See exhibit 1 1 for more examples economists often

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Unformatted text preview: nity cost of your choosing to buy a sweater is two compact discs. (See Exhibit 1-1 for more examples.) Economists often say that life is full of trade-offs. What do they mean by this statement? The nature of a trade-off is that you can get more of one good, but only by getting less of another good. Speaking about trade-offs is just another way of speaking about opportunity cost. In other words, saying that “life is full of trade-offs” is really no different from saying that “every time we choose one thing over another, we incur an opportunity cost.” (You will read more about trade-offs in the next section.) opportunity cost The most highly valued opportunity or alternative forfeited when a choice is made. trade-off A situation in which more of one thing necessarily means less of something else. 8 QUESTION: Suppose I decide to spend $50 to buy some used car stereo speakers from a friend. If I hadn’t spent the money on the speakers, I could have purchased $50 worth of new clothes, or spent $50 on a present for my girlfriend, or given $50 to my mom’s favorite charity. Because I could have done any of these Chapter 1 What Is Economics? ANSWER: No. It is necessary to differentiate between what you could have done and what you would have done. Opportunity cost refers to what you would have done if you had not bought the speakers. It’s your next best choice, and only that choice. If you would have spent the $50 on your girlfriend’s present, then the present—and only the present— is what you actually gave up to buy the speakers. Your opportunity cost in this case can only be $50 worth of opportunity, not $100, $150, or $200 worth. Opportunity costs affect people’s decisions every day. In fact, a change in opportunity cost can, and often does, change a person’s behavior. Suppose Sunil has a parttime job at a local grocery store. Each day he goes to work at 2 p.m. and leaves at 6 p.m. Does he incur any opportunity costs when he chooses to work each day between 2 and 6 p.m.? He certainly does; whatever he would be doing if he weren’t working is the opportunity cost of his working. Now let’s increase the opportunity cost of Sunil’s going to work. Suppose one day Sunil is on his way to work when someone stops him and offers to pay him $300 for doing an easy task, but doing the task means that Sunil will not be able to go to work that day. What will Sunil do? Will he continue on his way to work or take the $300 and not go to work? An economist would predict that as the opportunity cost of working at his parttime job increases, compared to the benefits of working, Sunil is less likely to go to work. According to how economists think about behavior, whether it is Sunil’s or your own behavior, the higher the cost of doing something, the less likely it will be done. E X A M P L E : An economics professor at a California college noticed that more students are absent from class when the surf is good than when it isn’t. What might explain these absences? Well, it turned out that quite a few of the professor’s students were surfers. When the surf is not good, the 01 (002-029) EMC Chap 01 11/17/05 4:03 PM Page 9 Why Didn’t Chris Rock Go to College? ??? C hris Rock was born on February 7, 1966, in Andrews, South Carolina. Many of his early years were spent in the neighborhood of BedfordStuyvesant in Brooklyn, New York. He had two idols: one was boxer Sugar Ray Leonard and the other was comedian Eddie Murphy. Realizing that he wasn’t much of a boxer, Chris decided to become a comedian, like Murphy. One night, Eddie Murphy caught Chris Rock’s act at a club. He was so impressed with Rock that he cast him in his 1987 movie, Beverly Hills Cop 2. In the early 1990s, Rock became a regular on television’s Saturday Night Live. He went on to become one of America’s funniest comedians—doing movies, HBO specials, and more. Chris’s hard work and talent began paying off for him financially, with his earnings far exceeding that of the average 21-year-old. While Chris Rock was pursuing his comedy career, many people the same age were attending college. Why didn’t Rock go to college? He certainly could have afforded the tuition, and he would have been accepted had he applied. Could it be that the opportunity costs of attending college were just too high for Chris Rock? “We were so poor my daddy unplugged the clocks when we went to bed.” —Chris Rock To understand, think what it will cost you to attend college. Let’s say that room, board, tuition, books, fees, and living expenses add up to $20,000 a year. Multiplied by 4 years that comes to $80,000. Is $80,000 really the full cost of your attending college? What would you opportunity cost (for the surfer students) is low and they are more likely to come to class. After all, they’re not giving up any good waves. But when the surf is good, the opportunity cost for these students is high, and they are less likely to come to class. In other words, the more the students have to be doing if you didn’t go to college? Ch...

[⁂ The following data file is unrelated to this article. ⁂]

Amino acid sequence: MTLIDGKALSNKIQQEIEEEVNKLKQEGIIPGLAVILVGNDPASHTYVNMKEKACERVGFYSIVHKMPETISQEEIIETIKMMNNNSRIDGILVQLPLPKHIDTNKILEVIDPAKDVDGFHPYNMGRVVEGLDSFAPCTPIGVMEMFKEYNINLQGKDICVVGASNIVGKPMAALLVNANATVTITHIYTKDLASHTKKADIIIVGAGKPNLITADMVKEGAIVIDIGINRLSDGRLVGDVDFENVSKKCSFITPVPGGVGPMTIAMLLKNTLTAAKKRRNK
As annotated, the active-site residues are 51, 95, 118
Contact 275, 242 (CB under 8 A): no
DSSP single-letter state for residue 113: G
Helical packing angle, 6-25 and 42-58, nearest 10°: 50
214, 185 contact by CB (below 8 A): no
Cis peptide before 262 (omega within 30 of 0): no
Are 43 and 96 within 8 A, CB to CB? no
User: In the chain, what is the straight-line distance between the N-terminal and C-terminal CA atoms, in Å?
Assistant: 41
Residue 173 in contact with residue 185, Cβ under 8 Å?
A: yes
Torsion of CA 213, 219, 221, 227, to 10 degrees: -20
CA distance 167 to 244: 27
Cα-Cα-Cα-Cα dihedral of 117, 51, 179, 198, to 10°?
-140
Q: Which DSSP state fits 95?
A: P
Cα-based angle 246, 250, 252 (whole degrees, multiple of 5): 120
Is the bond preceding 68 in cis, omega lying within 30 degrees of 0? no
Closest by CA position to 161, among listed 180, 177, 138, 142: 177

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This document was uploaded on 01/16/2014.

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